Femoroacetabular impingement (FAI) is a condition in which extra bone grows along one or both of the bones that form the hip joint — giving the bones an irregular shape. Because they do not fit together perfectly, the bones rub against each other during movement. Over time this friction can damage the joint, causing pain and limiting activity.
What is the anatomy of the hip?
The hip is one of the body's largest joints. It is a "ball-and-socket" joint. The socket is formed by the acetabulum, which is a part of the large pelvis bone. The ball is the femoral head, which is the upper end of the femur (thighbone).
The bone surfaces of the ball and socket are covered with articular cartilage, a smooth, slippery substance that protects and cushions the bones and enables them to move easily.
What are different types of Femoroacetabular Impingement (FAI)?
There are three types of Femoroacetabular Impingement: pincer, cam, and combined impingement:
Types of Femoroacetabular Impingement
- Pincer - This type of impingement occurs because extra bone extends out over the normal rim of the acetabulum. The labrum can be crushed under the prominent rim of the acetabulum.
- Cam - In cam impingement the femoral head is not round and cannot rotate smoothly inside the acetabulum. A bump forms on the edge of the femoral head that grinds the cartilage inside the acetabulum.
- Combined - Combined impingement just means that both the pincer and cam types are present.
What causes Femoroacetabular Impingement?
FAI occurs because the hip bones do not form normally during the childhood growing years. It is the deformity of a cam bone spur, pincer bone spur, or both, that leads to joint damage and pain. When the hip bones are shaped abnormally, there is little that can be done to prevent FAI. Some people may live long, active lives with FAI and never have problems. When symptoms develop, however, it usually indicates that there is damage to the cartilage or labrum and the disease is likely to progress.
Because athletic people may work the hip joint more vigorously, they may begin to experience pain earlier than those who are less active. However, exercise does not cause FAI.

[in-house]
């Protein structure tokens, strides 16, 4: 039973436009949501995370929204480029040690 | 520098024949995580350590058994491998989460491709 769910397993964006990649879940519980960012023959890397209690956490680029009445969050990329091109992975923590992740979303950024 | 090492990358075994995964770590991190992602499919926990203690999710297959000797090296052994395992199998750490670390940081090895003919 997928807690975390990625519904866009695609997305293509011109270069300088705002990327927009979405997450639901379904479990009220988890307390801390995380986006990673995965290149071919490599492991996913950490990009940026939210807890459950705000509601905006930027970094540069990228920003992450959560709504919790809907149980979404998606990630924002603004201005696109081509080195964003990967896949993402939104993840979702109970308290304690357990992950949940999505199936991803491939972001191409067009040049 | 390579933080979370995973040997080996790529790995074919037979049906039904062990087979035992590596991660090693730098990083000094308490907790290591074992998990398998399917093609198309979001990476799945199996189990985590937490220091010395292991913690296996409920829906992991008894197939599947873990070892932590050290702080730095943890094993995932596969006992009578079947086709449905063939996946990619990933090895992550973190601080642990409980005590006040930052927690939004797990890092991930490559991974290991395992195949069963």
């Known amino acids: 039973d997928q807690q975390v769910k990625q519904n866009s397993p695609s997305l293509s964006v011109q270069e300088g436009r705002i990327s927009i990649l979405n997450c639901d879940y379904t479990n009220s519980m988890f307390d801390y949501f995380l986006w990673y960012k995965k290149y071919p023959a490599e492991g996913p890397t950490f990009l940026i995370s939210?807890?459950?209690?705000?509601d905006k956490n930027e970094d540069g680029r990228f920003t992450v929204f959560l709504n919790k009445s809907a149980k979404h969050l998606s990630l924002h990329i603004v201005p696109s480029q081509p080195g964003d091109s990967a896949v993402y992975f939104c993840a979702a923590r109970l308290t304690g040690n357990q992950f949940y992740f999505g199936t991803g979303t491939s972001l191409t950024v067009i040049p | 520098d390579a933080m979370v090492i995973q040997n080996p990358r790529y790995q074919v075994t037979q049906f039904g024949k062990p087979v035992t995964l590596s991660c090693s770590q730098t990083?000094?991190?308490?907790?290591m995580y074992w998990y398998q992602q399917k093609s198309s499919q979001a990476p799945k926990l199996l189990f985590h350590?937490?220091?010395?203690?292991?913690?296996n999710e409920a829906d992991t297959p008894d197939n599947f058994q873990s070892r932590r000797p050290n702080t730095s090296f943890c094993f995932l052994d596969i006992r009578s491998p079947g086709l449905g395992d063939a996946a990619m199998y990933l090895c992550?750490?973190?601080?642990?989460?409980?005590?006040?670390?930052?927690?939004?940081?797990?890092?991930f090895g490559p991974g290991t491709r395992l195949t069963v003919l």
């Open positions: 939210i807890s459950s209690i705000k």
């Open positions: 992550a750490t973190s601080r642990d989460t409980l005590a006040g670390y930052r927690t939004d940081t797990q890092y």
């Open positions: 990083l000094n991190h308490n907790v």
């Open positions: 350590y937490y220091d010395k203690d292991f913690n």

What are symptoms of Femoroacetabular Impingement?
The most common symptoms of FAI include:
Pain often occurs in the groin area, although it may occur toward the outside of the hip. Turning, twisting, and squatting may cause a sharp pain. Sometimes, the pain is just a dull ache.
How is Femoroacetabular Impingement diagnosed?
As part of the physical examination, your doctor will likely conduct the impingement test.
For this test, your doctor will bring your knee up towards your chest and then rotate it inward towards your opposite shoulder. If this recreates your hip pain, the test result is positive for impingement.
Your doctor may order imaging tests to help determine whether you have FAI.
X-rays. These provide good images of bone, and will show whether your hip has abnormally shaped bones of FAI. X-rays can also show signs of arthritis.
Computed tomography (CT) scans. More detailed than a plain x-ray, CT scans help your doctor see the exact abnormal shape of your hip.
Magnetic resonance imaging (MRI) scans. These studies can create better images of soft tissue. They will help your doctor find damage to the labrum and articular cartilage. Injecting dye into the joint during the MRI may make the damage show up more clearly.
Local anesthetic. Your doctor may also inject a numbing medicine into the hip joint as a diagnostic test. If the numbing medicine provides temporary pain relief, it confirms that FAI is the problem.
How is Femoracetabular Impingement treated without surgery?
- Activity changes. Your doctor may first recommend simply changing your daily routine and avoiding activities that cause symptoms.
- Non-steroidal anti-inflammatory medications. Drugs like ibuprofen can be provided in a prescription-strength form to help reduce pain and inflammation.
- Physical therapy. Specific exercises can improve the range of motion in your hip and strengthen the muscles that support the joint. This can relieve some stress on the injured labrum or cartilage.